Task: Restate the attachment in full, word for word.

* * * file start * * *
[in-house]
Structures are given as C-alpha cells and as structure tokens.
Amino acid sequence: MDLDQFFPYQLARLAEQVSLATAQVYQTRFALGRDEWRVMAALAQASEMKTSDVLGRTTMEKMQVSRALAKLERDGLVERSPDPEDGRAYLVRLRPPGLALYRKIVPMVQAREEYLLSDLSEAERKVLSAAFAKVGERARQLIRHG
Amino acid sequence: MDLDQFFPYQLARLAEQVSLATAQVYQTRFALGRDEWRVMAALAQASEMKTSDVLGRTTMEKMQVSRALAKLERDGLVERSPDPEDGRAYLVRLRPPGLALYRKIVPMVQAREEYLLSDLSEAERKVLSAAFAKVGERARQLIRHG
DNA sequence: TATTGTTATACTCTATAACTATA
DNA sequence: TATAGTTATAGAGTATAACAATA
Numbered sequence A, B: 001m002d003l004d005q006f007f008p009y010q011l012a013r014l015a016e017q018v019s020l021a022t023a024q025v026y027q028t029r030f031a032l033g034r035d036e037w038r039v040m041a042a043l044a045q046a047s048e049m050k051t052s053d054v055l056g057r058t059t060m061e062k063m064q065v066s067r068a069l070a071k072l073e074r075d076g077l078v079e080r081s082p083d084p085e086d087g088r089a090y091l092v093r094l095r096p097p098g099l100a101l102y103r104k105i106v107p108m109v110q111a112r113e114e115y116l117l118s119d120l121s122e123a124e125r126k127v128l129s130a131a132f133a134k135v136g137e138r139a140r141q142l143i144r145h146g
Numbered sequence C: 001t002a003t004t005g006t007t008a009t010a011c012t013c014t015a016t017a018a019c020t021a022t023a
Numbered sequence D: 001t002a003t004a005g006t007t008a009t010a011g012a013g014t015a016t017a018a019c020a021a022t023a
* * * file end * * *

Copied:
[in-house]
Structures are given as C-alpha cells and as structure tokens.
Amino acid sequence: MDLDQFFPYQLARLAEQVSLATAQVYQTRFALGRDEWRVMAALAQASEMKTSDVLGRTTMEKMQVSRALAKLERDGLVERSPDPEDGRAYLVRLRPPGLALYRKIVPMVQAREEYLLSDLSEAERKVLSAAFAKVGERARQLIRHG
Amino acid sequence: MDLDQFFPYQLARLAEQVSLATAQVYQTRFALGRDEWRVMAALAQASEMKTSDVLGRTTMEKMQVSRALAKLERDGLVERSPDPEDGRAYLVRLRPPGLALYRKIVPMVQAREEYLLSDLSEAERKVLSAAFAKVGERARQLIRHG
DNA sequence: TATTGTTATACTCTATAACTATA
DNA sequence: TATAGTTATAGAGTATAACAATA
Numbered sequence A, B: 001m002d003l004d005q006f007f008p009y010q011l012a013r014l015a016e017q018v019s020l021a022t023a024q025v026y027q028t029r030f031a032l033g034r035d036e037w038r039v040m041a042a043l044a045q046a047s048e049m050k051t052s053d054v055l056g057r058t059t060m061e062k063m064q065v066s067r068a069l070a071k072l073e074r075d076g077l078v079e080r081s082p083d084p085e086d087g088r089a090y091l092v093r094l095r096p097p098g099l100a101l102y103r104k105i106v107p108m109v110q111a112r113e114e115y116l117l118s119d120l121s122e123a124e125r126k127v128l129s130a131a132f133a134k135v136g137e138r139a140r141q142l143i144r145h146g
Numbered sequence C: 001t002a003t004t005g006t007t008a009t010a011c012t013c014t015a016t017a018a019c020t021a022t023a
Numbered sequence D: 001t002a003t004a005g006t007t008a009t010a011g012a013g014t015a016t017a018a019c020a021a022t023a